As we approach the end of a year which has seen the number of homeless people soaring, Dr Nigel Hewett, medical director of health charity Pathway, writes for the RCP on a new duty of care that is a step in the right direction towards making a difference for this vulnerable group.
Homelessness is rising. It is visible in any city centre, confirmed by national statistics and clear to many hospital consultants. A decade of austerity has driven growing numbers of vulnerable people onto the streets.
Once on the street, vicious combinations of physical and mental illness, often complicated by addictions, result in a downwards spiral towards (ironically) the most expensive elements of state provision: hospitals and prisons. But the main costs of homelessness are borne by the victims. The latest international research shows standardised mortality ratios of 8 for socially excluded men and 12 for excluded women . In lay person’s terms, the stark reality is that socially excluded people are ten times more likely to die than the rest of us.
Homelessness is a useful marker for people at high risk and barely surviving on the margins of society, but it has always been hard to tackle in the context of a walk-in centre, A&E, or an acute admission.
Without significant care needs it can be difficult to get a social worker involved, and until recently housing departments seemed set up to turn people away.[2[ Beyond the stereotypical homeless person, there are many more hidden homeless people, “sofa-surfers” staying with friends until they wear out their welcome, families in overcrowded temporary accommodation and others with no secure roof over their heads.
The main message for the medical profession is that for the first time, the Act places a new statutory duty on clinicians to refer homeless patients for assessment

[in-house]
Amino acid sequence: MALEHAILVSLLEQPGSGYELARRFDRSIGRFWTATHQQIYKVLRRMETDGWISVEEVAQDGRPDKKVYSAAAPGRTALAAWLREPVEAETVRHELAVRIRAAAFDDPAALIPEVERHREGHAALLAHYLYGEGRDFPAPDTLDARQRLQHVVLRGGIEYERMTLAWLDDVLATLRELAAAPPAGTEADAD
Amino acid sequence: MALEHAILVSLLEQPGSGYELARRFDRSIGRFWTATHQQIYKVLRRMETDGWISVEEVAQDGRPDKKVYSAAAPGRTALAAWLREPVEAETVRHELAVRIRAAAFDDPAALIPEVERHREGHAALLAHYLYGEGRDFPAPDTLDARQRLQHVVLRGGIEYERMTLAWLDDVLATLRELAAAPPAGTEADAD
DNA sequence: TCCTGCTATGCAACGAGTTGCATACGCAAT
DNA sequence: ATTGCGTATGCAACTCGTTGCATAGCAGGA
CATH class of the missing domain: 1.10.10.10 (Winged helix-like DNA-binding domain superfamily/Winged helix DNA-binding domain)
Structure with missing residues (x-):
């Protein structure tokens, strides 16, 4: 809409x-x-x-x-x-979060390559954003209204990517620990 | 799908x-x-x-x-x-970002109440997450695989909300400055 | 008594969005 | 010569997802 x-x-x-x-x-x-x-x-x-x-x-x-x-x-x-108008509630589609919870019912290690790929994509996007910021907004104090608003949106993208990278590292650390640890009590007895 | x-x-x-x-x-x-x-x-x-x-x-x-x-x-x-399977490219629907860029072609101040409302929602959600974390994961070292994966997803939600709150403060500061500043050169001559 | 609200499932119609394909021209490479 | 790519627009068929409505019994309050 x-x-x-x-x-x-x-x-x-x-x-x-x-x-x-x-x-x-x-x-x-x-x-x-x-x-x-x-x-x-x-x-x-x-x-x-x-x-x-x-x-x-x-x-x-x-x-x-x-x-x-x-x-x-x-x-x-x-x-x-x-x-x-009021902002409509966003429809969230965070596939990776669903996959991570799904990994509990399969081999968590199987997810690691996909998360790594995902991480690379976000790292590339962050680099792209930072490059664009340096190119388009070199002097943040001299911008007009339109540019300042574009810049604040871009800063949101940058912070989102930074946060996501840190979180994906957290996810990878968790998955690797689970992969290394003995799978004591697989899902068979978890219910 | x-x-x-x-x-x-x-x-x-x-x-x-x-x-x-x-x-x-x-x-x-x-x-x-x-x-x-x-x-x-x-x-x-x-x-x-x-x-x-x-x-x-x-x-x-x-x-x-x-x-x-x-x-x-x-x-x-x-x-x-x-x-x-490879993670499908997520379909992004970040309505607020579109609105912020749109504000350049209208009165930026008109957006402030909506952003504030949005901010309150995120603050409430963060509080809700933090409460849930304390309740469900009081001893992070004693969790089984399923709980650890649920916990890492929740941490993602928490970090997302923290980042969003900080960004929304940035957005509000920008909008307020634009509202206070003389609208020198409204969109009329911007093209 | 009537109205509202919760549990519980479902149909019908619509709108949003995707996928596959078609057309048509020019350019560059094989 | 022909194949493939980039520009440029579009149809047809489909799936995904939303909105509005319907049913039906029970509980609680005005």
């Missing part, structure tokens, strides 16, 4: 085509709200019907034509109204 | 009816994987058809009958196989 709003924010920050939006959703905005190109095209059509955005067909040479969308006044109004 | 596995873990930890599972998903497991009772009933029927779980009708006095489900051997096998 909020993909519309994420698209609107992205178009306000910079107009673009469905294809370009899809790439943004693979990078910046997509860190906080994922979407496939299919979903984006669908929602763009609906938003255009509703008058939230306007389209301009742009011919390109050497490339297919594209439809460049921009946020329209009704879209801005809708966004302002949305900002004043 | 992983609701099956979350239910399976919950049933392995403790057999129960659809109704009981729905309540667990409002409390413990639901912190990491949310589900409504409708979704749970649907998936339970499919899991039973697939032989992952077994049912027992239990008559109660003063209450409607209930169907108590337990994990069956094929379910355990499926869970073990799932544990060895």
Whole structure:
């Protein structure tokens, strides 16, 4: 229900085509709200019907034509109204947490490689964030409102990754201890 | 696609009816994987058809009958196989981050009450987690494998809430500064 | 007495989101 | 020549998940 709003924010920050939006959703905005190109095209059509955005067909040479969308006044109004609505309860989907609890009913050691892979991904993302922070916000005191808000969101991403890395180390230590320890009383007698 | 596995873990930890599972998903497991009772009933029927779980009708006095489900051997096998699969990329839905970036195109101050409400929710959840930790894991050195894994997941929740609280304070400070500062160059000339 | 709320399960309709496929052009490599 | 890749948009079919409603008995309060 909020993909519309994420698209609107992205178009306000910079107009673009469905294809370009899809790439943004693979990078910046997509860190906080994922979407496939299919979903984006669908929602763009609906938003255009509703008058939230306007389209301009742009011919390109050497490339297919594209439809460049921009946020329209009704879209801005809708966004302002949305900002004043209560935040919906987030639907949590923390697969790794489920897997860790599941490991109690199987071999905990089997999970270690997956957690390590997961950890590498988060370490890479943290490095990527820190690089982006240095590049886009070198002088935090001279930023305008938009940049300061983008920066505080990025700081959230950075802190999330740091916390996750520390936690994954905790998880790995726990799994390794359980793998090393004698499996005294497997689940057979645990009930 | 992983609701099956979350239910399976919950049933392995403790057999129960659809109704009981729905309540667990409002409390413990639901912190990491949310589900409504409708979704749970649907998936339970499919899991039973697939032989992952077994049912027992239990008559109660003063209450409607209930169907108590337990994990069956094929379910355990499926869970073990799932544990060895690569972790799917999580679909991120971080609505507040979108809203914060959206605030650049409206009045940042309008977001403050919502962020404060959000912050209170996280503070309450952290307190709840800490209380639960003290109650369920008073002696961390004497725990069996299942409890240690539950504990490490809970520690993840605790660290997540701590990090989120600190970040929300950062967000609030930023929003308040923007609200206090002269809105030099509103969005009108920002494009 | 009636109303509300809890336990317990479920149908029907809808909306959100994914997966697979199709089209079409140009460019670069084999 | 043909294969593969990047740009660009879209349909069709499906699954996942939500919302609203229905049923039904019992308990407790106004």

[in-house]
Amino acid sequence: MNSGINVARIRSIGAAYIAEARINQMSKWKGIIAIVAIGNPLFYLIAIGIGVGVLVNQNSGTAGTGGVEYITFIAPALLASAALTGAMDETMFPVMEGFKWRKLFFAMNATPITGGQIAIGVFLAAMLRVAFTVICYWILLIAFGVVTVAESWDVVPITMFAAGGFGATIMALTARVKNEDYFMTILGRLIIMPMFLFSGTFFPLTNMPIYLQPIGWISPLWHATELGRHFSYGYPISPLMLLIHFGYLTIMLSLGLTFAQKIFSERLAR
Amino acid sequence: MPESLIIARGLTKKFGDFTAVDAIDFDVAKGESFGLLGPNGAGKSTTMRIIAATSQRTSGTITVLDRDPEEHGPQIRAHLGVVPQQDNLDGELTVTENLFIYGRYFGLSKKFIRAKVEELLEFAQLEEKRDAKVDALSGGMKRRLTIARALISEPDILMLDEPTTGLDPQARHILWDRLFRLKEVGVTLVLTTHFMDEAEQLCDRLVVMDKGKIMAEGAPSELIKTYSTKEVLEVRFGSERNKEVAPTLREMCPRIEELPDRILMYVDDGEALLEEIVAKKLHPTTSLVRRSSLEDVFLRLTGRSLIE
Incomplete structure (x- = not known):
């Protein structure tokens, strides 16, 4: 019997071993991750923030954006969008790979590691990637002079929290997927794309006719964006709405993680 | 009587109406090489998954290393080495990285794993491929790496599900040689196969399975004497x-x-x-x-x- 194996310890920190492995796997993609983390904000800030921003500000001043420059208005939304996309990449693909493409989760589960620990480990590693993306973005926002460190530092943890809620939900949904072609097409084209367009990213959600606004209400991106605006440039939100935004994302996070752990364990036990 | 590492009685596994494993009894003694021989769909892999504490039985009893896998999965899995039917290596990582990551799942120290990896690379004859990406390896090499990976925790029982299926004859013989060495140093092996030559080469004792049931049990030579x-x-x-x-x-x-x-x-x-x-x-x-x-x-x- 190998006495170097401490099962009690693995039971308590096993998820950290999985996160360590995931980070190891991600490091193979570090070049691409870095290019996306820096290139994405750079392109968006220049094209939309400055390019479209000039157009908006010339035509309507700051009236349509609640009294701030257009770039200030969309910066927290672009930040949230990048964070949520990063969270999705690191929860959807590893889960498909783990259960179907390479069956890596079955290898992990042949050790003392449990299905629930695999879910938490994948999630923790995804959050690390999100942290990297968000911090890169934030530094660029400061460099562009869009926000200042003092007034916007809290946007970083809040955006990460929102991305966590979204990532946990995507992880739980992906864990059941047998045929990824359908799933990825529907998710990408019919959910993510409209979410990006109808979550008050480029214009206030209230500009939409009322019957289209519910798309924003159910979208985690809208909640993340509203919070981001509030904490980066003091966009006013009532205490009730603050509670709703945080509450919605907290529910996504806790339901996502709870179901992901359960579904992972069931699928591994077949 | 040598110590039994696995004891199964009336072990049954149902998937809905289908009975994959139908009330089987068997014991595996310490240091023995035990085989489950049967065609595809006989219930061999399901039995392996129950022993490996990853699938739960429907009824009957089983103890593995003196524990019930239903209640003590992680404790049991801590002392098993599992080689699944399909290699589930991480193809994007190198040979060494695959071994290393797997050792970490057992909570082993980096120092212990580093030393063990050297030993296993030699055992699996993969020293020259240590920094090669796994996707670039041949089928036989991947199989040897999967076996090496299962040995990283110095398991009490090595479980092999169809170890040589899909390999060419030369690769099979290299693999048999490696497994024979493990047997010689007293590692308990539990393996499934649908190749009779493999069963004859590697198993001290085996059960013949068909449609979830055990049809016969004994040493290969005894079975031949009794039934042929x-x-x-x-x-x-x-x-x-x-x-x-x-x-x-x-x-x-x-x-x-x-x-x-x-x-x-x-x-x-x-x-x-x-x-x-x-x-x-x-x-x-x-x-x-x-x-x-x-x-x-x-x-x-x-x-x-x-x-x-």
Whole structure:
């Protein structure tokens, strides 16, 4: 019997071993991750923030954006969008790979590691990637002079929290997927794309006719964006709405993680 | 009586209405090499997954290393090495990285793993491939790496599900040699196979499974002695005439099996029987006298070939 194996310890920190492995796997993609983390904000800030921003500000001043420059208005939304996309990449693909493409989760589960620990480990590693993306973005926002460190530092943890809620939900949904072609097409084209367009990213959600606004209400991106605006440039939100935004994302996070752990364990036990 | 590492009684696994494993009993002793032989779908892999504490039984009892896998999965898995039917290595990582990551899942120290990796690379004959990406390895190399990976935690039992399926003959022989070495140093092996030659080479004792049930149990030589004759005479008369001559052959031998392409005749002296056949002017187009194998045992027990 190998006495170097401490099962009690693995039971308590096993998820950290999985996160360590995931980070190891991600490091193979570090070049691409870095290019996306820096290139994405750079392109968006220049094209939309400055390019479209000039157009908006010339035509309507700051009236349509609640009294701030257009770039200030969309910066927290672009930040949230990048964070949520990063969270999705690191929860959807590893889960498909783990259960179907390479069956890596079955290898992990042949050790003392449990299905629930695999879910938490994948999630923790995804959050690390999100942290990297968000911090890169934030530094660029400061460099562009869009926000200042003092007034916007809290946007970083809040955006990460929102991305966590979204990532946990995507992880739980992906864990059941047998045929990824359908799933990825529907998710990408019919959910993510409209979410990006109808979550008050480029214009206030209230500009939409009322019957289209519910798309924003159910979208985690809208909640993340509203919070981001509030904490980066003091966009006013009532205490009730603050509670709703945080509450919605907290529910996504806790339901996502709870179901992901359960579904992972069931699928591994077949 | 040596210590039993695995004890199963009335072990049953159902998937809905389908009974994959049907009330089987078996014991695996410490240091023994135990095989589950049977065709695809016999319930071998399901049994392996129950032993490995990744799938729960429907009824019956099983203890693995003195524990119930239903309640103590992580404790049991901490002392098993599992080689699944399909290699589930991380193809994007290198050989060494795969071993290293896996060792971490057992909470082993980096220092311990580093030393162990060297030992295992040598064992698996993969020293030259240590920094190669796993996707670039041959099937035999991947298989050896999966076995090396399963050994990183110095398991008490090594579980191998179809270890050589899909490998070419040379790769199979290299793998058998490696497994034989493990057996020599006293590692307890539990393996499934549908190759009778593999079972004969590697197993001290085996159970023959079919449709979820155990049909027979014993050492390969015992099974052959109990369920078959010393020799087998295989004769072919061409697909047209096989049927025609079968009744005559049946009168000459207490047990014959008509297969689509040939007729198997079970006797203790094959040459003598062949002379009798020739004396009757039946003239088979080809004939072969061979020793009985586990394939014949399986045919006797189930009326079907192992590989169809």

The social dimension to homelessness presentation is often hidden through embarrassment and shame. But behind the self-harm, alcohol binge or unexplained assault might be a simple problem – nowhere safe to stay.
Recognising this, 11 inner-city hospitals across England and Wales facing significant numbers of homeless patients have adopted the evidence-based Pathway model of care coordination, helping homeless people access accommodation upon discharge from hospital, rather than returning to the streets. In areas with lower levels of need, pioneers like Dr Pippa Medcalf, the RCP inclusion health champion and a consultant in acute medicine have ploughed a lonely furrow, working to show that a dedicated housing worker in the hospital can really make a difference.
Thanks to her work and the hard work of health and housing charities, addressing homelessness is now within the reach of any clinician.
The Homelessness Reduction Act 2017 is new legislation offering a new opportunity. It provides for prompt assessments for anyone who is homeless, or at risk of homelessness in the next 56 days. The main message for the medical profession is that for the first time, the Act places a new statutory duty on clinicians to refer homeless patients for assessment.
Many hospitals remain in breach of this duty and working with the Faculty for Homeless and Inclusion Health and Pathway, the RCP is promoting simple guidance for clinicians on how to meet the new duty to refer. A straight-forward referral process to a local email address informs the local authority and should trigger a full assessment and a personalised plan.
With there now being a statutory duty for services take action, hospital professionals now have good reason to ask a question that we might previously have avoided – “do you have somewhere safe to stay when you leave here?”
Dr Nigel Hewett OBE is the medical director of homeless health charity Pathway and secretary to the Faculty for Homeless and Inclusion Health.
You can follow Pathway's work on Twitter at @PathwayUK